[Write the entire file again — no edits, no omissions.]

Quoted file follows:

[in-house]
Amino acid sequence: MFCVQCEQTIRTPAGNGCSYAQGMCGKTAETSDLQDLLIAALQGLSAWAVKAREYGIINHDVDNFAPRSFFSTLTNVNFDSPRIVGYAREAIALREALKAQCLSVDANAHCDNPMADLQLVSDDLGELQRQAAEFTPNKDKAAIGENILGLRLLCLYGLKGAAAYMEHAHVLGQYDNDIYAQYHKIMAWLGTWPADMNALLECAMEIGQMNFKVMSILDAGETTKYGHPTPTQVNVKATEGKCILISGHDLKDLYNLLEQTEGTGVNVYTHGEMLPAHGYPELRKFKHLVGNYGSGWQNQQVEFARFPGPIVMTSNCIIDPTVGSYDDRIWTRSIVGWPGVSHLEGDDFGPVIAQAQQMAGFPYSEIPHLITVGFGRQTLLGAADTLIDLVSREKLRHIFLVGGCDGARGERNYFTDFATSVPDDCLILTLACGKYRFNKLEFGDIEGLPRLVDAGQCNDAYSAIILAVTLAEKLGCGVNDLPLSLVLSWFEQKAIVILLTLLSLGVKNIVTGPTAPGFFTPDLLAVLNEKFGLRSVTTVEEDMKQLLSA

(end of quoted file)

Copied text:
[in-house]
Amino acid sequence: MFCVQCEQTIRTPAGNGCSYAQGMCGKTAETSDLQDLLIAALQGLSAWAVKAREYGIINHDVDNFAPRSFFSTLTNVNFDSPRIVGYAREAIALREALKAQCLSVDANAHCDNPMADLQLVSDDLGELQRQAAEFTPNKDKAAIGENILGLRLLCLYGLKGAAAYMEHAHVLGQYDNDIYAQYHKIMAWLGTWPADMNALLECAMEIGQMNFKVMSILDAGETTKYGHPTPTQVNVKATEGKCILISGHDLKDLYNLLEQTEGTGVNVYTHGEMLPAHGYPELRKFKHLVGNYGSGWQNQQVEFARFPGPIVMTSNCIIDPTVGSYDDRIWTRSIVGWPGVSHLEGDDFGPVIAQAQQMAGFPYSEIPHLITVGFGRQTLLGAADTLIDLVSREKLRHIFLVGGCDGARGERNYFTDFATSVPDDCLILTLACGKYRFNKLEFGDIEGLPRLVDAGQCNDAYSAIILAVTLAEKLGCGVNDLPLSLVLSWFEQKAIVILLTLLSLGVKNIVTGPTAPGFFTPDLLAVLNEKFGLRSVTTVEEDMKQLLSA